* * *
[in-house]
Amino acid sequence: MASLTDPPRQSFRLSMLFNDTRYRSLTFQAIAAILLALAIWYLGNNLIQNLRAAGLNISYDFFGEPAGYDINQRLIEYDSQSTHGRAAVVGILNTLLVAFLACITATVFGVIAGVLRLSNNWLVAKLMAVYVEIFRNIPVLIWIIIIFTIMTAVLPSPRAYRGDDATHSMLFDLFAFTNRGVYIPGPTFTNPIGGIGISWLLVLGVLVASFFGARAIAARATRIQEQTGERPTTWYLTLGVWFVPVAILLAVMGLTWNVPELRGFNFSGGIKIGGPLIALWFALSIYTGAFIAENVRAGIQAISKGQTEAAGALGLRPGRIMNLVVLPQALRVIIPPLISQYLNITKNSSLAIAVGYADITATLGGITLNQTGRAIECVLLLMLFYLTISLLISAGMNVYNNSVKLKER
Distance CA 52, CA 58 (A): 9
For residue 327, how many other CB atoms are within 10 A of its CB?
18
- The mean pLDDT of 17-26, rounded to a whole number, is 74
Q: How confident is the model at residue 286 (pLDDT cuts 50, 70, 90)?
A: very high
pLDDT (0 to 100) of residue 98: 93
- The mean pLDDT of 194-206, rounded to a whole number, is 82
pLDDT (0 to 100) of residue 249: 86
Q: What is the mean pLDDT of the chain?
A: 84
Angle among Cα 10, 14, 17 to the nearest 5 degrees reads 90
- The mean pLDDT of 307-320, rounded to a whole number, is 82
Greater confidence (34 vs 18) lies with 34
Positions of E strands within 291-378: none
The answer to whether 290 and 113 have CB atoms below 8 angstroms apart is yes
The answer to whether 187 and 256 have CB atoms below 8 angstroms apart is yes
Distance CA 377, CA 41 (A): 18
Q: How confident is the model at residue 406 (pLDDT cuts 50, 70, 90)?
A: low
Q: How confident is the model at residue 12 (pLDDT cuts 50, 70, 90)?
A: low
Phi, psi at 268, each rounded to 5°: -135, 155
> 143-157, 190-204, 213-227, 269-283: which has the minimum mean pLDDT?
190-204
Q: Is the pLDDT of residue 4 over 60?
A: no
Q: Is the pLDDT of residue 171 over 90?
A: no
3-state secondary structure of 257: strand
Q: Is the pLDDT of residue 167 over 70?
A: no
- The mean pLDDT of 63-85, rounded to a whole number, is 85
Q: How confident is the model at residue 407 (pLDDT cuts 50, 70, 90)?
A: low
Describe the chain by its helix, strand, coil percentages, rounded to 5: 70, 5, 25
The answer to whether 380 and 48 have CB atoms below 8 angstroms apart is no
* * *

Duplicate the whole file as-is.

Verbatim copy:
[in-house]
Amino acid sequence: MASLTDPPRQSFRLSMLFNDTRYRSLTFQAIAAILLALAIWYLGNNLIQNLRAAGLNISYDFFGEPAGYDINQRLIEYDSQSTHGRAAVVGILNTLLVAFLACITATVFGVIAGVLRLSNNWLVAKLMAVYVEIFRNIPVLIWIIIIFTIMTAVLPSPRAYRGDDATHSMLFDLFAFTNRGVYIPGPTFTNPIGGIGISWLLVLGVLVASFFGARAIAARATRIQEQTGERPTTWYLTLGVWFVPVAILLAVMGLTWNVPELRGFNFSGGIKIGGPLIALWFALSIYTGAFIAENVRAGIQAISKGQTEAAGALGLRPGRIMNLVVLPQALRVIIPPLISQYLNITKNSSLAIAVGYADITATLGGITLNQTGRAIECVLLLMLFYLTISLLISAGMNVYNNSVKLKER
Distance CA 52, CA 58 (A): 9
For residue 327, how many other CB atoms are within 10 A of its CB?
18
- The mean pLDDT of 17-26, rounded to a whole number, is 74
Q: How confident is the model at residue 286 (pLDDT cuts 50, 70, 90)?
A: very high
pLDDT (0 to 100) of residue 98: 93
- The mean pLDDT of 194-206, rounded to a whole number, is 82
pLDDT (0 to 100) of residue 249: 86
Q: What is the mean pLDDT of the chain?
A: 84
Angle among Cα 10, 14, 17 to the nearest 5 degrees reads 90
- The mean pLDDT of 307-320, rounded to a whole number, is 82
Greater confidence (34 vs 18) lies with 34
Positions of E strands within 291-378: none
The answer to whether 290 and 113 have CB atoms below 8 angstroms apart is yes
The answer to whether 187 and 256 have CB atoms below 8 angstroms apart is yes
Distance CA 377, CA 41 (A): 18
Q: How confident is the model at residue 406 (pLDDT cuts 50, 70, 90)?
A: low
Q: How confident is the model at residue 12 (pLDDT cuts 50, 70, 90)?
A: low
Phi, psi at 268, each rounded to 5°: -135, 155
> 143-157, 190-204, 213-227, 269-283: which has the minimum mean pLDDT?
190-204
Q: Is the pLDDT of residue 4 over 60?
A: no
Q: Is the pLDDT of residue 171 over 90?
A: no
3-state secondary structure of 257: strand
Q: Is the pLDDT of residue 167 over 70?
A: no
- The mean pLDDT of 63-85, rounded to a whole number, is 85
Q: How confident is the model at residue 407 (pLDDT cuts 50, 70, 90)?
A: low
Describe the chain by its helix, strand, coil percentages, rounded to 5: 70, 5, 25
The answer to whether 380 and 48 have CB atoms below 8 angstroms apart is no